Engineering Students Present Final Projects

Engineering+Students+Present+Final+Projects

Hailin Zhang and Devika Patel

On May 18-24, the Engineering Design & Development (EDD) students presented their year-long projects to their families and teachers. They spent the majority of the school year conceptualizing, designing, building, and testing the product of their choice, and showcased their creations for their final.

“We formed groups with the people who had similar ideas with [our own], like wanted to work on the same project,” Paige Hagen ‘16 said.  

After splitting up into groups of three, the students proceeded to research and come up with various design solutions. They were then required to construct both a prototype and a mock-up of their actual design. The last step was to give a presentation to their parents and teachers.

“We did a towel heater, because there are towel heaters that are available now, but they are really expensive; the high quality ones are like 400 dollars,” Hagen said. “So we did a survey as to whether people would buy towel heaters if we lower the price, and so we were trying to develop a more energy efficient and cost friendly towel heater design.”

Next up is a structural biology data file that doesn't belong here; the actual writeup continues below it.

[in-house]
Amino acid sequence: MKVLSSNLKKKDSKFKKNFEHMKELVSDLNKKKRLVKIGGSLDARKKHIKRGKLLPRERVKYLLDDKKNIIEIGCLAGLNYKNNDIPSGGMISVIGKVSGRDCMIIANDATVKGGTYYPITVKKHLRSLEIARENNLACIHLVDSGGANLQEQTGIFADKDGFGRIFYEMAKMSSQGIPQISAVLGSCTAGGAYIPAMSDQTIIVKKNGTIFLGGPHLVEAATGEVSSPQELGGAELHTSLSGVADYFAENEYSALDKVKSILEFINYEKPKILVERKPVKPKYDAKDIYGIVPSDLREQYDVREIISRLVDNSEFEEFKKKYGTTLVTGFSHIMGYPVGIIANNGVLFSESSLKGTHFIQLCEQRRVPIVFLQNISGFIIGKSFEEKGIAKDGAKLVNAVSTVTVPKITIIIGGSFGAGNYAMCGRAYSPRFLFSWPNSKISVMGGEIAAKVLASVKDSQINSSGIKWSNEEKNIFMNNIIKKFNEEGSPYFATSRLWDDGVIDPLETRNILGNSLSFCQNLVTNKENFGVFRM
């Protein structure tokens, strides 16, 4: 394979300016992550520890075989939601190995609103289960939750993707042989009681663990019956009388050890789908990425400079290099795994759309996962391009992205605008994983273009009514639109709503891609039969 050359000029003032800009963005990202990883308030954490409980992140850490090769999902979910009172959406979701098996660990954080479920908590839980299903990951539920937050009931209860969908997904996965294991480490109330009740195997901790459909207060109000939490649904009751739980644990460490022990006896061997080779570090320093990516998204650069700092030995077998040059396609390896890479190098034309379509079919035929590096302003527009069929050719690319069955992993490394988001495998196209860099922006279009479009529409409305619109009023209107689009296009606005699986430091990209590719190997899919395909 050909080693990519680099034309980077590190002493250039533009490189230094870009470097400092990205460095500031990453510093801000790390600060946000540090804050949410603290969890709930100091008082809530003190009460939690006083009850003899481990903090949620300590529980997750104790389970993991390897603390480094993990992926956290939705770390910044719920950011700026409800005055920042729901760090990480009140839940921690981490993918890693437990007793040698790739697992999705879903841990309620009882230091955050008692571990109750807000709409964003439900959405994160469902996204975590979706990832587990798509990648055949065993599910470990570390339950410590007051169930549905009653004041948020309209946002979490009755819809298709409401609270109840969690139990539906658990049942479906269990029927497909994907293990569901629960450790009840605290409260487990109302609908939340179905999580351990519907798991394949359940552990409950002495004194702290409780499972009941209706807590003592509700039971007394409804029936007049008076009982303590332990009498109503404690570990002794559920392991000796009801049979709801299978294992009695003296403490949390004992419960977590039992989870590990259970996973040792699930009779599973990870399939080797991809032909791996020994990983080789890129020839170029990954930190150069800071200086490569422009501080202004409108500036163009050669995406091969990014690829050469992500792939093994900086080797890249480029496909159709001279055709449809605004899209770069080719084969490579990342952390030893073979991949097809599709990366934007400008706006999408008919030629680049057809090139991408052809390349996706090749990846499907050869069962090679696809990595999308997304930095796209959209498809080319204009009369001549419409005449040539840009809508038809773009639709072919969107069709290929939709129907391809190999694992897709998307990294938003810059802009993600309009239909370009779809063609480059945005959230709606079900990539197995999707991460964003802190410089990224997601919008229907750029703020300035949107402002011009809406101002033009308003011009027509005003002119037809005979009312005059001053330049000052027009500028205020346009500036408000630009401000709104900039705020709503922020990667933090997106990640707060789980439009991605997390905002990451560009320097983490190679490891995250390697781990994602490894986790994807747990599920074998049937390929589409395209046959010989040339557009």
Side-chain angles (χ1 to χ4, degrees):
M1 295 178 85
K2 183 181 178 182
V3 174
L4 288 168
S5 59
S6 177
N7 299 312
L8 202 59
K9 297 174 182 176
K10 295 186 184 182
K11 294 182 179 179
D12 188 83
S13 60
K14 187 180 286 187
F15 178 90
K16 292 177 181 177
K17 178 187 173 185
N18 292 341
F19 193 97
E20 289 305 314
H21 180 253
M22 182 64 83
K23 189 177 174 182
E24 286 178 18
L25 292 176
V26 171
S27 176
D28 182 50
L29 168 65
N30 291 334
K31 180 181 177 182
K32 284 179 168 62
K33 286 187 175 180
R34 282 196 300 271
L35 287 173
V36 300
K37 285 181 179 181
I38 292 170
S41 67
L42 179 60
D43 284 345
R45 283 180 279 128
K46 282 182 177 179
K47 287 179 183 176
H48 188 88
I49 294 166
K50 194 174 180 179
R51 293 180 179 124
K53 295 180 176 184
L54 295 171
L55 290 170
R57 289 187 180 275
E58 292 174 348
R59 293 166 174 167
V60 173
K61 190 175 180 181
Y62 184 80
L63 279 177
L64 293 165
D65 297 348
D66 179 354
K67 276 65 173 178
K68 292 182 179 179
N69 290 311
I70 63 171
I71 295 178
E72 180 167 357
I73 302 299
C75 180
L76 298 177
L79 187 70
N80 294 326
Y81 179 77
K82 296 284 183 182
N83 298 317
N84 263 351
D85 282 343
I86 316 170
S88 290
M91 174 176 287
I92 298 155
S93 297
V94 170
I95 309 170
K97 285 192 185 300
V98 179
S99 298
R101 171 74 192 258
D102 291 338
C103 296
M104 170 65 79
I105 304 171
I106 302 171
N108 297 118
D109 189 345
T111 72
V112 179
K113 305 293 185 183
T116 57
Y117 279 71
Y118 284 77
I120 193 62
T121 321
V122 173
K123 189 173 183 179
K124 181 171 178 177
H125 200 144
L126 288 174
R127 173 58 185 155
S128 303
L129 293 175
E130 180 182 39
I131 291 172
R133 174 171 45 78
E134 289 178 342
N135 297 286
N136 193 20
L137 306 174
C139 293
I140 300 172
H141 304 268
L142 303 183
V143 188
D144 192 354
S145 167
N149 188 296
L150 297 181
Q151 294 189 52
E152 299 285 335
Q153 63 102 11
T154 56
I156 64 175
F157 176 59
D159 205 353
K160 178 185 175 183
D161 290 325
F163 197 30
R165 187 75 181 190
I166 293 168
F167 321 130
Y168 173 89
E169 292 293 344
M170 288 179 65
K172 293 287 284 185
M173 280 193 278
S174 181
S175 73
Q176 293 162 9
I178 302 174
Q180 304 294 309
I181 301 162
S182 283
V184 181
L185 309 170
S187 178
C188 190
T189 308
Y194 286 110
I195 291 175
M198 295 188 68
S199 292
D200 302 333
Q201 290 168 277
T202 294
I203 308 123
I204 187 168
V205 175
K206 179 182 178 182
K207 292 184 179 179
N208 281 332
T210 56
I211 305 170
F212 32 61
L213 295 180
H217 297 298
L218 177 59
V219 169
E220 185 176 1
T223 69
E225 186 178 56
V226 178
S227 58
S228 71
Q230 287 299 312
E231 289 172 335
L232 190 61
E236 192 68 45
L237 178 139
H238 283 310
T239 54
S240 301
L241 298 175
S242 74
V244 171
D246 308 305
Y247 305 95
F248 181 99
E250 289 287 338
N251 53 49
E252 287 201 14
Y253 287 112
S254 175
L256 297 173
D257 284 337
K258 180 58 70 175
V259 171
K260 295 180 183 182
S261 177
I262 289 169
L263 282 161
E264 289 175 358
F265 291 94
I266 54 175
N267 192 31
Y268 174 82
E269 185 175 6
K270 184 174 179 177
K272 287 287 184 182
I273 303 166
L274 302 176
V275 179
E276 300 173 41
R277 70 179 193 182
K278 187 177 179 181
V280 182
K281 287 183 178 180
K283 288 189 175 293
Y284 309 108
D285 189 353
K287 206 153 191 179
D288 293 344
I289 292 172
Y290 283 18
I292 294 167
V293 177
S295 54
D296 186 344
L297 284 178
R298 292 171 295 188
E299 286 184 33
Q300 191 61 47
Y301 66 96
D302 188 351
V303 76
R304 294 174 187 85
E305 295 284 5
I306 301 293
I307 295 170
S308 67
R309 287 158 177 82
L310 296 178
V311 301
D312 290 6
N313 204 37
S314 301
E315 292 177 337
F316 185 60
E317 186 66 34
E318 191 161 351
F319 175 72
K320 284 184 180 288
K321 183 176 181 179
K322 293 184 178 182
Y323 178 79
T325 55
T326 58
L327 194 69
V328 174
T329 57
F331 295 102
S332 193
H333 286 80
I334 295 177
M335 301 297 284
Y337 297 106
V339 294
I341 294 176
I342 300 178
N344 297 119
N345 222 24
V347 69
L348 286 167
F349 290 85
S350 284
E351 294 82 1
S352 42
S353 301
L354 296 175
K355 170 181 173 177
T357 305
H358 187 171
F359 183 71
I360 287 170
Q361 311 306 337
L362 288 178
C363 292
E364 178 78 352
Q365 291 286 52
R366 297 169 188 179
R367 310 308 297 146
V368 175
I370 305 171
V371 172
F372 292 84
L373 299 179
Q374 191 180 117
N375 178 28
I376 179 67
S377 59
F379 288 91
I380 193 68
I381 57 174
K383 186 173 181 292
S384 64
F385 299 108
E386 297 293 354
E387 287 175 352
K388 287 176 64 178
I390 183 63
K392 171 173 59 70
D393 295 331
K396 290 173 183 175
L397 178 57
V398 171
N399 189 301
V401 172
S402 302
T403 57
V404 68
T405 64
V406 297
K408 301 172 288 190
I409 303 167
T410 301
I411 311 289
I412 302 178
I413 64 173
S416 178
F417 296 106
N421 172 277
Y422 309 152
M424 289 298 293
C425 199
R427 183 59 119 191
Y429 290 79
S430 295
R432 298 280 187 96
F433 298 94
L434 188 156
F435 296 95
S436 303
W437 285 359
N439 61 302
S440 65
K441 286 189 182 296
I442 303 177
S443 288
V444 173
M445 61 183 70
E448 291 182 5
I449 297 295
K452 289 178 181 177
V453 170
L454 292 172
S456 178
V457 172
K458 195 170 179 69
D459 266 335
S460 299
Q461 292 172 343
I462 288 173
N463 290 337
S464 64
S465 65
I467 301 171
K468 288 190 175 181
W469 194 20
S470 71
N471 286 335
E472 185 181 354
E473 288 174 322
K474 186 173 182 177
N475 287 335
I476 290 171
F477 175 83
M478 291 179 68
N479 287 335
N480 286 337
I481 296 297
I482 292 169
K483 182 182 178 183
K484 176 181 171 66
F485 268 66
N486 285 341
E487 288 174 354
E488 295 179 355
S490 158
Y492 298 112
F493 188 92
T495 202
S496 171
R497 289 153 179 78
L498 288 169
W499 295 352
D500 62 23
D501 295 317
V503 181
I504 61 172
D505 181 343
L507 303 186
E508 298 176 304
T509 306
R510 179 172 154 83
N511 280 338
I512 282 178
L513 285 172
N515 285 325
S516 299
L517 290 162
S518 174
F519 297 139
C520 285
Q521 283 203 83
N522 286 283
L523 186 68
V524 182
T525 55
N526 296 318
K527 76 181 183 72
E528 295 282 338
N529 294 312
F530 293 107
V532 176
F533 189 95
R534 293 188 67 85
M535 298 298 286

Other students who participated developed their own unique projects as well, based on their interests. For example, Nick Tomsio ‘16 and his group developed a product that combines watches and battery packs.

“My group, we chose watches and battery packs, so we decided to combine the two and create a good looking watch with batteries integrated in it and off of that we basically researched, looked up past patents, and finally started designing it, and then just recently we presented that,” Tomsio said.

Throughout the process, students were able to experience creating a self-led project of their own interests, which allowed them to apply their knowledge from the past years of engineering classes.

“It took us quite a long time to think about a project that needed improving or even like a whole new idea, so I guess going through the whole process would be fun but would just take a long time to think of what we could do,” Tomsio said.